Gaming disorder to be named mental condition

The psychological benchmark for diagnosing mental health conditions, the Diagnostic and Statistical Manual of Mental Disorders (DSM-5), now lists internet gaming as a condition of further study.

Put the controller down and step away from Candy Crush.

For the first time, World Health Organization is thinking of adding gaming disorder to its International Classification of Diseases (ICD), the New Scientist reported, earlier last week.

The International Classification of Diseases contains codes as well as signs and symptoms of diseases and disorders to be used by healthcare and clinicians across the globe. Among those additions is "gaming disorder" characterized by playing an excessive amount of video games. That's right, World Health Organization is set to declare excessive gaming to be an official disorder sometime in 2018 for the first time in history. However, the new "gaming disorder" can be applied to both online and offline gaming.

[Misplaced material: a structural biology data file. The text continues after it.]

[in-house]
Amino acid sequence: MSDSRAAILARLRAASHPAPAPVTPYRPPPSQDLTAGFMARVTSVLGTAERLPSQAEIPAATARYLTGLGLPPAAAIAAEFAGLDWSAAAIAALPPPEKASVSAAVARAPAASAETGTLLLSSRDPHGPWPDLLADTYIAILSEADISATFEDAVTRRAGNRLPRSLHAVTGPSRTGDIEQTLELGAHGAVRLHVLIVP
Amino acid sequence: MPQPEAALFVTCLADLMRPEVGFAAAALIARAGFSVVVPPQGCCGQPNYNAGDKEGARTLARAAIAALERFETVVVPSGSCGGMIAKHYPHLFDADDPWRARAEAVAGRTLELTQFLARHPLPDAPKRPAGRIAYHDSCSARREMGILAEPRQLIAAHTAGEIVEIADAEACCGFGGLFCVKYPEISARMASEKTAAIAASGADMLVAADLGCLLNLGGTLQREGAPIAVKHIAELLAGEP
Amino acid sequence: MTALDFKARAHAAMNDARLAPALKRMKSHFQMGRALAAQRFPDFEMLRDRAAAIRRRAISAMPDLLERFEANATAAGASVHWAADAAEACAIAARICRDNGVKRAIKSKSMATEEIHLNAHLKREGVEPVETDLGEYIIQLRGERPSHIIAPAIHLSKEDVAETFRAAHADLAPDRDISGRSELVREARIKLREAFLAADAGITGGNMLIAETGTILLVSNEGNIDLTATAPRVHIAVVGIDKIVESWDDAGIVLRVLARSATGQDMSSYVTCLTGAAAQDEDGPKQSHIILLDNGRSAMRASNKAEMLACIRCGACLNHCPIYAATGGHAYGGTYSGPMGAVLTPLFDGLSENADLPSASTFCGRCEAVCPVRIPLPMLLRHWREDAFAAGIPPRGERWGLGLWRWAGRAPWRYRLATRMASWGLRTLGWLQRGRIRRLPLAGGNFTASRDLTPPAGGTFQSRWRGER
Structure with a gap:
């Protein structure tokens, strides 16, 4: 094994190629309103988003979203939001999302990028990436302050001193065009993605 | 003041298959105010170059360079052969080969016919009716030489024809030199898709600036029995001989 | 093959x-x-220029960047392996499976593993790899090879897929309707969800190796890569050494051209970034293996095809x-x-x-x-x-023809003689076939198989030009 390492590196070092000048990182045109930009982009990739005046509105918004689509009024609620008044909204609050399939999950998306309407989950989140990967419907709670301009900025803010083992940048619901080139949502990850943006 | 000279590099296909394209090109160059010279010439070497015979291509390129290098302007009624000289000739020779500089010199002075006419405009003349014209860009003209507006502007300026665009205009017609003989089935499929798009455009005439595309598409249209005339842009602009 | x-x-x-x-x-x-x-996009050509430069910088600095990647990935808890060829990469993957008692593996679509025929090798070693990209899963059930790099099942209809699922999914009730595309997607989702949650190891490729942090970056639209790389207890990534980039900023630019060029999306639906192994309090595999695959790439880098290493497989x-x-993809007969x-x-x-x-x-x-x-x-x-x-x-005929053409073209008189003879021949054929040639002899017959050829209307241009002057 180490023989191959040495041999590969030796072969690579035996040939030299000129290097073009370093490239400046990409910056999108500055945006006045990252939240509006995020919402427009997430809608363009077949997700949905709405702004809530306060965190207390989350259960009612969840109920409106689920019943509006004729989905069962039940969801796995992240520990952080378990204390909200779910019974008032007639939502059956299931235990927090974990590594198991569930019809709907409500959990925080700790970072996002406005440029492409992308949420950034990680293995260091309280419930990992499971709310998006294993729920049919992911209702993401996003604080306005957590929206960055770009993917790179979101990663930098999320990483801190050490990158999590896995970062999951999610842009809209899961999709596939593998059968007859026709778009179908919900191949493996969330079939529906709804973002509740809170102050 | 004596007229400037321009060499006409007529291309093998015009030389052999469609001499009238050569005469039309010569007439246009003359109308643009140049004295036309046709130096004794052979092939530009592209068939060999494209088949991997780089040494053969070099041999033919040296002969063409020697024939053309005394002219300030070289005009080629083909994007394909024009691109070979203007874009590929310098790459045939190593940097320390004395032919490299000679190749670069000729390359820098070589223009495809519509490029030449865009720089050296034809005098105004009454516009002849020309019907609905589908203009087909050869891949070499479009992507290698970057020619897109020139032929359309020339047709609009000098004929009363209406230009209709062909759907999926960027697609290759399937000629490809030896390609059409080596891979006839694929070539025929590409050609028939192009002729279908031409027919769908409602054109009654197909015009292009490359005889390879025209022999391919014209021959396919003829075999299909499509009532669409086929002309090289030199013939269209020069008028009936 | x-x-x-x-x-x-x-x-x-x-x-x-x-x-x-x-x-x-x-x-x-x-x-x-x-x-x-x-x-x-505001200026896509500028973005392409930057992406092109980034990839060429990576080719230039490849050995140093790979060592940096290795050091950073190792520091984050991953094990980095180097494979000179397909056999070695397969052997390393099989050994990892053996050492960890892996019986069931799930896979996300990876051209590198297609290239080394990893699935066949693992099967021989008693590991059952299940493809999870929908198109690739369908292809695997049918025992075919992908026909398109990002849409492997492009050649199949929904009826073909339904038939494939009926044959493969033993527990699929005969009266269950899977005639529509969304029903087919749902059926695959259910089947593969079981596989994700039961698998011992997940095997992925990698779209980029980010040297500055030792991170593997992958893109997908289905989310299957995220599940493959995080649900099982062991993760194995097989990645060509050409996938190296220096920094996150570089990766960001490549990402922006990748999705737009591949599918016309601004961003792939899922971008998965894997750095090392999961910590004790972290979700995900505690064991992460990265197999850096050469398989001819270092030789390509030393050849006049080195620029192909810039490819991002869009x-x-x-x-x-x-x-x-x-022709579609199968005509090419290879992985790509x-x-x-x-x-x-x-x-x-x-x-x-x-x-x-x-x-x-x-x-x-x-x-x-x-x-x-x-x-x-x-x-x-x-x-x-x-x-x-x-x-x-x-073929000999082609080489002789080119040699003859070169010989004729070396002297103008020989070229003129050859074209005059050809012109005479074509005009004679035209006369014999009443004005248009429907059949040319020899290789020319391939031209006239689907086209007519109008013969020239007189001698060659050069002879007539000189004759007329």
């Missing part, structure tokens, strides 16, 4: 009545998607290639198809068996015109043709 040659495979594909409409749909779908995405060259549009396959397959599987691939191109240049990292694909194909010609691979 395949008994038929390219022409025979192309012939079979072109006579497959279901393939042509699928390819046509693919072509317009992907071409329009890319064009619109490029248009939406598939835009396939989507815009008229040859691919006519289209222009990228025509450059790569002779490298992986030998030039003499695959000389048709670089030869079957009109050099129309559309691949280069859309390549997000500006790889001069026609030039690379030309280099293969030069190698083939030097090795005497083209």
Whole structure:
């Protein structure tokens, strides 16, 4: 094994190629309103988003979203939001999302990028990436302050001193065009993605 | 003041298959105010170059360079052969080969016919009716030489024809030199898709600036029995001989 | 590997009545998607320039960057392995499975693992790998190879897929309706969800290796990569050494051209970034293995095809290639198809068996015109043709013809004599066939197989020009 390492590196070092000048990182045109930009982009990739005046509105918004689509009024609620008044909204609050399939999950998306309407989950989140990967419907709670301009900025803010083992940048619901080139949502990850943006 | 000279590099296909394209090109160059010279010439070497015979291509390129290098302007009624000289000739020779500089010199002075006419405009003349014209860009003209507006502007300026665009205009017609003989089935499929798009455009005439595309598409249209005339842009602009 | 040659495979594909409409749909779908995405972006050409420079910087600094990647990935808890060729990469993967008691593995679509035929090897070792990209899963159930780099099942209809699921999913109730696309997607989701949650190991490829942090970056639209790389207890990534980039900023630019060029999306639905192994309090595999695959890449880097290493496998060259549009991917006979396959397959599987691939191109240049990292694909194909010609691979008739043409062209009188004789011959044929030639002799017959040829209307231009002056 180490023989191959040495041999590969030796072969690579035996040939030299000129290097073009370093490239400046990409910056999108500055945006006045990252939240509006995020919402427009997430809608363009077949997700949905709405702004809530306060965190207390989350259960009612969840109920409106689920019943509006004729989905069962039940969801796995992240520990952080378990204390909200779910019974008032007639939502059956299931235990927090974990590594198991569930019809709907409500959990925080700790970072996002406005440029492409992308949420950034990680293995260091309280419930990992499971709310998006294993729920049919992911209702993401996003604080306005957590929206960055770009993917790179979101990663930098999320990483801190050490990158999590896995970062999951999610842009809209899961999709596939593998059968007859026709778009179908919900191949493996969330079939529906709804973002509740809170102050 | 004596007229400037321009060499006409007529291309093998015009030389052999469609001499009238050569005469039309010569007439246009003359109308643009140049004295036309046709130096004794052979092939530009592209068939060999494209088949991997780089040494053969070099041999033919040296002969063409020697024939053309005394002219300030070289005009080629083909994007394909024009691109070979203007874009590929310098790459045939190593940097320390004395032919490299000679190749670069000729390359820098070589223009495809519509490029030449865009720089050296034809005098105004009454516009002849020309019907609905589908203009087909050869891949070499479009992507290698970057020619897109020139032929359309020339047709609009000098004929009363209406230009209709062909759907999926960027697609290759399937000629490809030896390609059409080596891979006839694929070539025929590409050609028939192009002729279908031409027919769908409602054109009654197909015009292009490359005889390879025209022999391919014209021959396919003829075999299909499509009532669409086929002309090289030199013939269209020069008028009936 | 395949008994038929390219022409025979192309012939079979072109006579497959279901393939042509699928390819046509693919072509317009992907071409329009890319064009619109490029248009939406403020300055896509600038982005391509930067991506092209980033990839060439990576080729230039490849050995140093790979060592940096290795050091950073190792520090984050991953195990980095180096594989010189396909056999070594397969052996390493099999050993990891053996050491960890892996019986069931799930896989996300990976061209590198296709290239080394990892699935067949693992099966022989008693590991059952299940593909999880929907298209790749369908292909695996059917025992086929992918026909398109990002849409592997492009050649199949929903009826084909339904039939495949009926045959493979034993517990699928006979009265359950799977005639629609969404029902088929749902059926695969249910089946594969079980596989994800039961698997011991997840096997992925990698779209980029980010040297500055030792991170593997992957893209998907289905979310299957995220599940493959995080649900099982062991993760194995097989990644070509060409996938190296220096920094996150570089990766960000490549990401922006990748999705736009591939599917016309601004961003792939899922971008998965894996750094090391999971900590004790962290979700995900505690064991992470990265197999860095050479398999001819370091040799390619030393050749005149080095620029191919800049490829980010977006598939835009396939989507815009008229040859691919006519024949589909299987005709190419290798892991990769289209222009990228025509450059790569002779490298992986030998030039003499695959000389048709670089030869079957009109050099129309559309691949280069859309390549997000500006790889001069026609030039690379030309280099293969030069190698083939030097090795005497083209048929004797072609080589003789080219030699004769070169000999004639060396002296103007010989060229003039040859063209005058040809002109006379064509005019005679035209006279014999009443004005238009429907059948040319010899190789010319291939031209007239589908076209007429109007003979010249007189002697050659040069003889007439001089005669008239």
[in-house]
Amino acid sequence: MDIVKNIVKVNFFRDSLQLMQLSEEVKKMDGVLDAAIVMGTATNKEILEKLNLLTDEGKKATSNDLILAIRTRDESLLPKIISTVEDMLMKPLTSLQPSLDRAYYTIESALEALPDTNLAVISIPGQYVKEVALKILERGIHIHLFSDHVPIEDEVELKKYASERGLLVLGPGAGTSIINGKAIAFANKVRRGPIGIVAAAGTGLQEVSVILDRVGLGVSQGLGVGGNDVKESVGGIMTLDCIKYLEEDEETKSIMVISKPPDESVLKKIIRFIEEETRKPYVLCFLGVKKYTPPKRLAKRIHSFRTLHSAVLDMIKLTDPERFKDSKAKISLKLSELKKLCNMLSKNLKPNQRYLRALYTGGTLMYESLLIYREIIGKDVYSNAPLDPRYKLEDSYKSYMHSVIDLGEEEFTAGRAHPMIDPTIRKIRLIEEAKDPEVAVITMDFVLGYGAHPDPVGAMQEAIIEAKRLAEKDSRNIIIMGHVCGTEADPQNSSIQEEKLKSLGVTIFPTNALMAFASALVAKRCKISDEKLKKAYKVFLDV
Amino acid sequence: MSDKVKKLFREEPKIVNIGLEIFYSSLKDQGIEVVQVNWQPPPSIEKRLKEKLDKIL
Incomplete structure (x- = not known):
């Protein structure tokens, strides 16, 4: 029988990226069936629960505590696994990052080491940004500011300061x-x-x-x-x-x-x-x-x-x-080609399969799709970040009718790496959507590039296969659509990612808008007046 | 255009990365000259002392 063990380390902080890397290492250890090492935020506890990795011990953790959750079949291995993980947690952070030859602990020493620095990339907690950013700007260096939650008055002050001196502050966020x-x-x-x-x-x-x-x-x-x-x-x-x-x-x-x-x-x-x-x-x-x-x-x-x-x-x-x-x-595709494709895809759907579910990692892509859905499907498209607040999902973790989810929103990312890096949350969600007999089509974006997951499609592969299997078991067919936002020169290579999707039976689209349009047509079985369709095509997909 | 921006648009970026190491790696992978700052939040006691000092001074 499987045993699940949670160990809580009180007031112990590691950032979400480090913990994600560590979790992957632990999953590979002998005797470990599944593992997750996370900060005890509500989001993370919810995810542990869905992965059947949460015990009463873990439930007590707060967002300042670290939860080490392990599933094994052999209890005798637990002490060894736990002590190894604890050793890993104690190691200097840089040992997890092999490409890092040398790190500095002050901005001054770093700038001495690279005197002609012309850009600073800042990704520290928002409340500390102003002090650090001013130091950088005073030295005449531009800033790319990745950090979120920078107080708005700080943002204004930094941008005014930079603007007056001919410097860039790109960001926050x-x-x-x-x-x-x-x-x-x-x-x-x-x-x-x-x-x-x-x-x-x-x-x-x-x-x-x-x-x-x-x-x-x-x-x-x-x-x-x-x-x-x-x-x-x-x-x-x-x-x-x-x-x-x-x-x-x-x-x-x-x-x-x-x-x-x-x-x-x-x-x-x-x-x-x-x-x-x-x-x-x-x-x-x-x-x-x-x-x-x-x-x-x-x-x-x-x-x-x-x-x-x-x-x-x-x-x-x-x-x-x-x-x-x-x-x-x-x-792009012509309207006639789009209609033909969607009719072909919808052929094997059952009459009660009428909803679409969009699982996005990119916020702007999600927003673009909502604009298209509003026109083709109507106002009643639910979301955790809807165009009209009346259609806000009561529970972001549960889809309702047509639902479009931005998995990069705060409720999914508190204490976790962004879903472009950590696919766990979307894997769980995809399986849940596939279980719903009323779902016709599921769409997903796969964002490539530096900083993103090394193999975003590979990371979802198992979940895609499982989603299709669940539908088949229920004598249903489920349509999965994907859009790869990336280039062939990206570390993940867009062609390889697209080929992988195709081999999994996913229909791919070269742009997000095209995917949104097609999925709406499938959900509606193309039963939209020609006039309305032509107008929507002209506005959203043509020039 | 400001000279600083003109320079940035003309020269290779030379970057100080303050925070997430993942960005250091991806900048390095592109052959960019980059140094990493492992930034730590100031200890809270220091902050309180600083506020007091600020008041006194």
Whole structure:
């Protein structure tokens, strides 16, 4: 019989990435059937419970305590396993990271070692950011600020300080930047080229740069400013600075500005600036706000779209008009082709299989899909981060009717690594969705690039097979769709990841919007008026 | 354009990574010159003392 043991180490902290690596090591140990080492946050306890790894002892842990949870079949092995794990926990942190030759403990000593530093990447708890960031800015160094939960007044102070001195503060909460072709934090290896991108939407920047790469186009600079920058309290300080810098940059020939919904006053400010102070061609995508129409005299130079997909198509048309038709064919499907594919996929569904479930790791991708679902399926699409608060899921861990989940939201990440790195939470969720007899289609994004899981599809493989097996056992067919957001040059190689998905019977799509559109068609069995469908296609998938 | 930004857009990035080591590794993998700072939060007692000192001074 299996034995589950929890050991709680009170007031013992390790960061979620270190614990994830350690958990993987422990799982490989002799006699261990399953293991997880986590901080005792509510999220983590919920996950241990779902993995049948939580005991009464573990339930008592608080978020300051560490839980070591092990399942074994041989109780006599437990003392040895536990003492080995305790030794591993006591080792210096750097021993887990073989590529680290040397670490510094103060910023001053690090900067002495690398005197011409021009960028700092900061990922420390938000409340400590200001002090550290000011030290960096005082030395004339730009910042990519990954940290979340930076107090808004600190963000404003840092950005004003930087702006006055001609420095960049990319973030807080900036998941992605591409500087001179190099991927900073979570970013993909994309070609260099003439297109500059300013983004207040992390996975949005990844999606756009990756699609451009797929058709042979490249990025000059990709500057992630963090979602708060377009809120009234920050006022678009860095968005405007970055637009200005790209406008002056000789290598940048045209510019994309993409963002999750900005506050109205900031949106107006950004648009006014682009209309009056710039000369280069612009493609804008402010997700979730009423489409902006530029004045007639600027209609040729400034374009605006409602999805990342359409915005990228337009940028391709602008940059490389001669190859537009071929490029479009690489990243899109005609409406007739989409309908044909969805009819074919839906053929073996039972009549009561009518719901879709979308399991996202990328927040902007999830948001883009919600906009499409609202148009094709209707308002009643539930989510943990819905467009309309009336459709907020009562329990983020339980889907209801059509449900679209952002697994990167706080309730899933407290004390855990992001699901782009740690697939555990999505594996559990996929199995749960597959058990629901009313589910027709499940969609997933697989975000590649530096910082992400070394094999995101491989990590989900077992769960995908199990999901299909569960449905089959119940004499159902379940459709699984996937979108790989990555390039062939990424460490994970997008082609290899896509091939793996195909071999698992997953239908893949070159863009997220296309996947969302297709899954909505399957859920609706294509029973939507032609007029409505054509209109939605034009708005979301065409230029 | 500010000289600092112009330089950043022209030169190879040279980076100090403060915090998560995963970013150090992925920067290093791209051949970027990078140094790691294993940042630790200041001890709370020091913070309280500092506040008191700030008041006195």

Video games, which entered our lives in the 80s, have been monitored by the WHO for nearly a decade and the organization has decided that people who play video games excessively might have a mental problem.

Newsweek writes that gaming addiction has not been recognized as an official condition in the Diagnostic and Statistical Manual of Mental Disorders (DSM-5). The description says that the addiction may manifest by impaired control over gaming onset, frequency, intensity, duration or context, increasing priority giving to gaming so much so that it takes precedence of over aspects of daily life, and continuing or escalating gameplay despite negative consequences.

"Most people who play video games don't have a disorder, just like most people who drink alcohol don't have a disorder either".

Gamers think playing video games can be akin to other hobbies or even professions. But as with everything, moderation is key.

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